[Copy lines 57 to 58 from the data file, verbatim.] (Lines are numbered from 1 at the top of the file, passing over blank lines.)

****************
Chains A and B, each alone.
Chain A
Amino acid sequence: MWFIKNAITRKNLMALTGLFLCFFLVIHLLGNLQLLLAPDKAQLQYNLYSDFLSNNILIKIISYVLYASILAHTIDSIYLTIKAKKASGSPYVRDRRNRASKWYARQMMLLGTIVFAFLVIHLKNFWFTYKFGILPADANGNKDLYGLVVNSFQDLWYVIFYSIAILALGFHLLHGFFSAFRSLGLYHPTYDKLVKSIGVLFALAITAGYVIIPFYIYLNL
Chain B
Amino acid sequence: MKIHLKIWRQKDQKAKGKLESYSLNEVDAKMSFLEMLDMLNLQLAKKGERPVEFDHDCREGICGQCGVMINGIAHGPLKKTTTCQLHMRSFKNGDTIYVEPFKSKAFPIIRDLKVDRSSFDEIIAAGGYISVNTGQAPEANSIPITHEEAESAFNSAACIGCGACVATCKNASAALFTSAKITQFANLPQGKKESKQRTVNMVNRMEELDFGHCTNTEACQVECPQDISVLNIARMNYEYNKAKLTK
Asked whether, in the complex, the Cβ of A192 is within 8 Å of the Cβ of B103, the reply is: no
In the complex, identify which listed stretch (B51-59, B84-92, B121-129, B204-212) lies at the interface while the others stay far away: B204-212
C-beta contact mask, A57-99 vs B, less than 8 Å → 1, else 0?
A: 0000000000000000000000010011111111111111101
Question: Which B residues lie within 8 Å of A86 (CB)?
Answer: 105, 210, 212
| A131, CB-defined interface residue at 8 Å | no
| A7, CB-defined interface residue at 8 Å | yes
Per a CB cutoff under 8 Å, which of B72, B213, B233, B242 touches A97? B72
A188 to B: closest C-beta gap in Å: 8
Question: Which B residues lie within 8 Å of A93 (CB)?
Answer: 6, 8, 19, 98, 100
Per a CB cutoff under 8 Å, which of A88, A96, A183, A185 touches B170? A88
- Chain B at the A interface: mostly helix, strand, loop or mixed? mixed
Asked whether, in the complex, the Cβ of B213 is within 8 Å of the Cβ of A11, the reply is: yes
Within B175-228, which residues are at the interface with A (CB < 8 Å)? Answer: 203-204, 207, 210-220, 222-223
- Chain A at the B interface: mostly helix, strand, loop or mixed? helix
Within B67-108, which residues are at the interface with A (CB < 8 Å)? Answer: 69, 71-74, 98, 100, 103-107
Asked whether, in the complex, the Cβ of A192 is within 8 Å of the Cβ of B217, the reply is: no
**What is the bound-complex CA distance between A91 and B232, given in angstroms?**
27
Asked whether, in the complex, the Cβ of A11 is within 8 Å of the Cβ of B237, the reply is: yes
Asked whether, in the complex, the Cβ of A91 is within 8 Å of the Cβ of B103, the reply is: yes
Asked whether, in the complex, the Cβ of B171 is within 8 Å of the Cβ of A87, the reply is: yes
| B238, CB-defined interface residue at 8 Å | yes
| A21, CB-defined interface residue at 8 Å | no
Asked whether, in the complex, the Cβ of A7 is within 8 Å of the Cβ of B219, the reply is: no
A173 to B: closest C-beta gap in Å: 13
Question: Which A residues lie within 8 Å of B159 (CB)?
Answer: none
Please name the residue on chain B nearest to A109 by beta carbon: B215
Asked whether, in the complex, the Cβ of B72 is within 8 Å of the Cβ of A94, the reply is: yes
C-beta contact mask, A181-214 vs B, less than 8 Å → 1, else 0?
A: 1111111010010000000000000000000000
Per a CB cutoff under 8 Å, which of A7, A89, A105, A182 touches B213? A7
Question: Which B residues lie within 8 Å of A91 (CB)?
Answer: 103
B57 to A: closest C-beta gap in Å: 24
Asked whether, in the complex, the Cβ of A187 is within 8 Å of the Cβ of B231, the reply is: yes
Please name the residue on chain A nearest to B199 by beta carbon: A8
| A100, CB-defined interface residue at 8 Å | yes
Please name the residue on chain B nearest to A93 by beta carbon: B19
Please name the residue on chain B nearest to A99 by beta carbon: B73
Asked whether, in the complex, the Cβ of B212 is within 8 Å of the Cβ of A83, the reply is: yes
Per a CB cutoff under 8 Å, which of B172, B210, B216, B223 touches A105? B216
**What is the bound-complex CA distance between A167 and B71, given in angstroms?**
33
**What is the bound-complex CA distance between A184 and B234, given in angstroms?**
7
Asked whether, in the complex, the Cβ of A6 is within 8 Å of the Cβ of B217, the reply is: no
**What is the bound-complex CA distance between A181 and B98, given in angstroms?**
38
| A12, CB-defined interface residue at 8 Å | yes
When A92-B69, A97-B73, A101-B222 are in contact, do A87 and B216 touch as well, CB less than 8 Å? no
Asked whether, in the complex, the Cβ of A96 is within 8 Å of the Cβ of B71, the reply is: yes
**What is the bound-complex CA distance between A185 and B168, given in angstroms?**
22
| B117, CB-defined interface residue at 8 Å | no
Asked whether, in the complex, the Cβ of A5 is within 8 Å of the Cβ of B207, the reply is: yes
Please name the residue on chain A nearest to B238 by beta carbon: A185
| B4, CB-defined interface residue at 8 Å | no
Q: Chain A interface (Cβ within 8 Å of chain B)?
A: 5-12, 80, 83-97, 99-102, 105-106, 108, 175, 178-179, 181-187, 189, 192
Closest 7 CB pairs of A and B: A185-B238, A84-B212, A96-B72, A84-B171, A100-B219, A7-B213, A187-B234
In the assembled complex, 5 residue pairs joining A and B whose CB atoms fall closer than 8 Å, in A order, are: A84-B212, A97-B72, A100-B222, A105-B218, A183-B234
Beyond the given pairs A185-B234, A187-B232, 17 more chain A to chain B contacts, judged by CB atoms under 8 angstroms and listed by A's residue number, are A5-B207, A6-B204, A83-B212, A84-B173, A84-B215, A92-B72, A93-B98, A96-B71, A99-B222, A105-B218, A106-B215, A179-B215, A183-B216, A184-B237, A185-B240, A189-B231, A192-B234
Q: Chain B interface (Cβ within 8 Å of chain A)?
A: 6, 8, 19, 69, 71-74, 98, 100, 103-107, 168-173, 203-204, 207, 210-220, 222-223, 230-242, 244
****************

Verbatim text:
38
| A12, CB-defined interface residue at 8 Å | yes